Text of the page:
Bill, if you had alot of updates and deletions and wanted to optimize your table, can you just issue the cluster command. Will the cluster command rewrite the table without the obsolete data that a vacuum flags or do you need to issue a vacuum first?
From the reference docs:
"During the cluster operation, a temporary copy of the table is created that contains the table data in the index order. Temporary copies of each index on the table are created as well. Therefore, you need free space on disk at least equal to the sum of the table size and the index sizes.
"CLUSTER preserves GRANT, inheritance, index, foreign key, and other ancillary information about the table.
"Because the optimizer records statistics about the ordering of tables, it is advisable to run ANALYZE on the newly clustered table. Otherwise, the optimizer may make poor choices of query plans."
The primary reason CLUSTER exists is to allow you to physically reorder a table based on a key. This should provide a performance improvement if data with the same key is accessed all at once. (i.e. if you do "SELECT * FROM table WHERE key=5" and it returns 100 rows, those 100 rows are guaranteed to be all on the same part of the disk after CLUSTER, thus a performance improvement should result.)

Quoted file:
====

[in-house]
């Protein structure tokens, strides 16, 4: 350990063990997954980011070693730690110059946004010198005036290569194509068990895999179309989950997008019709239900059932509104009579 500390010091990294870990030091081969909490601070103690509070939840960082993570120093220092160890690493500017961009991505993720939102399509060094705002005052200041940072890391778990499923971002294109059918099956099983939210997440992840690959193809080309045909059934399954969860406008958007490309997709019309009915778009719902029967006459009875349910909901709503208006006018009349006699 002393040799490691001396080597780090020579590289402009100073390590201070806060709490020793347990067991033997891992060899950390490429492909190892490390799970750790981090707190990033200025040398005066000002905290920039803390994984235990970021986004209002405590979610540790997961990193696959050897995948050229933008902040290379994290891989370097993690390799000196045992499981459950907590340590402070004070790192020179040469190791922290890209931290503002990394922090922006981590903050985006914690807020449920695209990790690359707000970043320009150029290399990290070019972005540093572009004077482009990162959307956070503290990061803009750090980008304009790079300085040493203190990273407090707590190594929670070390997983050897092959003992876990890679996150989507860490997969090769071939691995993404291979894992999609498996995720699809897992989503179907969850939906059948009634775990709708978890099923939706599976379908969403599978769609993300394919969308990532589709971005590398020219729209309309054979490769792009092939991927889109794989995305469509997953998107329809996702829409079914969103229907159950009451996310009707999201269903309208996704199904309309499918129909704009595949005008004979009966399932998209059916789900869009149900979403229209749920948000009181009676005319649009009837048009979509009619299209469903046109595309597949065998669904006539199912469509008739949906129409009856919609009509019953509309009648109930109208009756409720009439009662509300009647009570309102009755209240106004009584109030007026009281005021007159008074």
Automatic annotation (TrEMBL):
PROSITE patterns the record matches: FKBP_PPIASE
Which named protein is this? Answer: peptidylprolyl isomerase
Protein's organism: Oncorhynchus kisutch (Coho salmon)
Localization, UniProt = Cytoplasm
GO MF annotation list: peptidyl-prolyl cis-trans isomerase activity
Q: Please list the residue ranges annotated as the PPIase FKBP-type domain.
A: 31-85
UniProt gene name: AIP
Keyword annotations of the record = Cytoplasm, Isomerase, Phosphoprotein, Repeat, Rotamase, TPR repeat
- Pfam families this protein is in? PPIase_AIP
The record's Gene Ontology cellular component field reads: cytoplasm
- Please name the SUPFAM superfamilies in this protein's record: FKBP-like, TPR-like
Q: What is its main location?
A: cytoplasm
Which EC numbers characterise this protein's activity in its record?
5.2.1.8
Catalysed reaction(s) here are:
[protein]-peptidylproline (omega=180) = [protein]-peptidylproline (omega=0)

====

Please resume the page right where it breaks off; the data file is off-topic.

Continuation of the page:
Updates and inserts will add data in the next available space in a table with no regard for any keys, and _may_ require running all over the disk to retrieve the data in the previous example query.
I doubt if CLUSTER is an end-all optimization tool. The specific reason I suggested it was because the original poster was asking for an easier way to drop/recreate a table (as prior experimentation had shown this to improve performance) I can't think of anything easier than "CLUSTER <tablename> ON <keyname>"
Since CLUSTER recreates the table, it implicitly removes the dead tuples. However, it's going to be a LOT slower than vacuum, so if dead tuples are the main problem, vacuum is still the way to go.
-- Bill Moran Potential Technologies http://www.potentialtech.com
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